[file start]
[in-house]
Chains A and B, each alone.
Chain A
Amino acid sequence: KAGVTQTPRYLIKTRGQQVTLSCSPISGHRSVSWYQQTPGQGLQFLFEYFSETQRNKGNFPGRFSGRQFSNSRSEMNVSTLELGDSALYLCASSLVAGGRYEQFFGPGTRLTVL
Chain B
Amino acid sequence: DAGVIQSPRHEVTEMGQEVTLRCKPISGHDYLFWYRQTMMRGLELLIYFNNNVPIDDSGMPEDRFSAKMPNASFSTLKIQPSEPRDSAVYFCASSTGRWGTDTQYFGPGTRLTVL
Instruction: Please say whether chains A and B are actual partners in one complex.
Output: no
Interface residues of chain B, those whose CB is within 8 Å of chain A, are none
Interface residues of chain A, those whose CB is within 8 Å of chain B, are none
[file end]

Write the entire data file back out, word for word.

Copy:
[in-house]
Chains A and B, each alone.
Chain A
Amino acid sequence: KAGVTQTPRYLIKTRGQQVTLSCSPISGHRSVSWYQQTPGQGLQFLFEYFSETQRNKGNFPGRFSGRQFSNSRSEMNVSTLELGDSALYLCASSLVAGGRYEQFFGPGTRLTVL
Chain B
Amino acid sequence: DAGVIQSPRHEVTEMGQEVTLRCKPISGHDYLFWYRQTMMRGLELLIYFNNNVPIDDSGMPEDRFSAKMPNASFSTLKIQPSEPRDSAVYFCASSTGRWGTDTQYFGPGTRLTVL
Instruction: Please say whether chains A and B are actual partners in one complex.
Output: no
Interface residues of chain B, those whose CB is within 8 Å of chain A, are none
Interface residues of chain A, those whose CB is within 8 Å of chain B, are none